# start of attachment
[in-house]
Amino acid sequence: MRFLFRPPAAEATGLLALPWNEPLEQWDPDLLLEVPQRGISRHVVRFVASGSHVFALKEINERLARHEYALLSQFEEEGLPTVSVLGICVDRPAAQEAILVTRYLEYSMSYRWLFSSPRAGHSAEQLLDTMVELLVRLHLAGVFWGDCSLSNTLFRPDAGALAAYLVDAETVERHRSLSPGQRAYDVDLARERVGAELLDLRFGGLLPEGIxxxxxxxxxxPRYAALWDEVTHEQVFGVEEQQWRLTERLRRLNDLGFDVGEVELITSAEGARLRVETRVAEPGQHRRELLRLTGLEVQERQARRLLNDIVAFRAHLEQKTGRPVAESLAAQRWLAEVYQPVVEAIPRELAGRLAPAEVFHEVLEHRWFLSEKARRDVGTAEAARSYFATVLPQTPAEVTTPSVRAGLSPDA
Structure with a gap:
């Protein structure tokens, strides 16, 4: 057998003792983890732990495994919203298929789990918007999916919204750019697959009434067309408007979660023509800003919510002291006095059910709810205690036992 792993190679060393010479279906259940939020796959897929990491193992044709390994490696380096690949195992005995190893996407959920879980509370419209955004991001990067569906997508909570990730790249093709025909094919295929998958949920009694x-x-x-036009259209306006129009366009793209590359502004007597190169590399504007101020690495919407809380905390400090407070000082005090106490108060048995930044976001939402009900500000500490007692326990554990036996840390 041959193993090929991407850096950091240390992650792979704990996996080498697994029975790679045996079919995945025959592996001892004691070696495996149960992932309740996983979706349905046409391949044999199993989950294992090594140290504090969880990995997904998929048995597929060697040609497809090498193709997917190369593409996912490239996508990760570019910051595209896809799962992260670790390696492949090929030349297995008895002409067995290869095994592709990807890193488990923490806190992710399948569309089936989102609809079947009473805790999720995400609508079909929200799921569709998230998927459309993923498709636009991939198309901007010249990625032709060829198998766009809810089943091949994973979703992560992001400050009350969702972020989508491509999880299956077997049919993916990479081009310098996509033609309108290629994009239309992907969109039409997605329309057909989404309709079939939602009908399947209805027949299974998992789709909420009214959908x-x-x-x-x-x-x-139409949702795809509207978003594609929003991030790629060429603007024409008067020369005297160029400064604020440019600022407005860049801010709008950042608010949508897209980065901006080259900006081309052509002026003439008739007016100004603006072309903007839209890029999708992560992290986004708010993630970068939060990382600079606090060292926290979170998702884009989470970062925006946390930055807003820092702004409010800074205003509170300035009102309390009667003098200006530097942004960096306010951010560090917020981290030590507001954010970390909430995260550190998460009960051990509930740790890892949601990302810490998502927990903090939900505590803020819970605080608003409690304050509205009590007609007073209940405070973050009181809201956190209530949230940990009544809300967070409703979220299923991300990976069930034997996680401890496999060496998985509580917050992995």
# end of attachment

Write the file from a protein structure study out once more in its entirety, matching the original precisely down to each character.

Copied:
[in-house]
Amino acid sequence: MRFLFRPPAAEATGLLALPWNEPLEQWDPDLLLEVPQRGISRHVVRFVASGSHVFALKEINERLARHEYALLSQFEEEGLPTVSVLGICVDRPAAQEAILVTRYLEYSMSYRWLFSSPRAGHSAEQLLDTMVELLVRLHLAGVFWGDCSLSNTLFRPDAGALAAYLVDAETVERHRSLSPGQRAYDVDLARERVGAELLDLRFGGLLPEGIxxxxxxxxxxPRYAALWDEVTHEQVFGVEEQQWRLTERLRRLNDLGFDVGEVELITSAEGARLRVETRVAEPGQHRRELLRLTGLEVQERQARRLLNDIVAFRAHLEQKTGRPVAESLAAQRWLAEVYQPVVEAIPRELAGRLAPAEVFHEVLEHRWFLSEKARRDVGTAEAARSYFATVLPQTPAEVTTPSVRAGLSPDA
Structure with a gap:
């Protein structure tokens, strides 16, 4: 057998003792983890732990495994919203298929789990918007999916919204750019697959009434067309408007979660023509800003919510002291006095059910709810205690036992 792993190679060393010479279906259940939020796959897929990491193992044709390994490696380096690949195992005995190893996407959920879980509370419209955004991001990067569906997508909570990730790249093709025909094919295929998958949920009694x-x-x-036009259209306006129009366009793209590359502004007597190169590399504007101020690495919407809380905390400090407070000082005090106490108060048995930044976001939402009900500000500490007692326990554990036996840390 041959193993090929991407850096950091240390992650792979704990996996080498697994029975790679045996079919995945025959592996001892004691070696495996149960992932309740996983979706349905046409391949044999199993989950294992090594140290504090969880990995997904998929048995597929060697040609497809090498193709997917190369593409996912490239996508990760570019910051595209896809799962992260670790390696492949090929030349297995008895002409067995290869095994592709990807890193488990923490806190992710399948569309089936989102609809079947009473805790999720995400609508079909929200799921569709998230998927459309993923498709636009991939198309901007010249990625032709060829198998766009809810089943091949994973979703992560992001400050009350969702972020989508491509999880299956077997049919993916990479081009310098996509033609309108290629994009239309992907969109039409997605329309057909989404309709079939939602009908399947209805027949299974998992789709909420009214959908x-x-x-x-x-x-x-139409949702795809509207978003594609929003991030790629060429603007024409008067020369005297160029400064604020440019600022407005860049801010709008950042608010949508897209980065901006080259900006081309052509002026003439008739007016100004603006072309903007839209890029999708992560992290986004708010993630970068939060990382600079606090060292926290979170998702884009989470970062925006946390930055807003820092702004409010800074205003509170300035009102309390009667003098200006530097942004960096306010951010560090917020981290030590507001954010970390909430995260550190998460009960051990509930740790890892949601990302810490998502927990903090939900505590803020819970605080608003409690304050509205009590007609007073209940405070973050009181809201956190209530949230940990009544809300967070409703979220299923991300990976069930034997996680401890496999060496998985509580917050992995």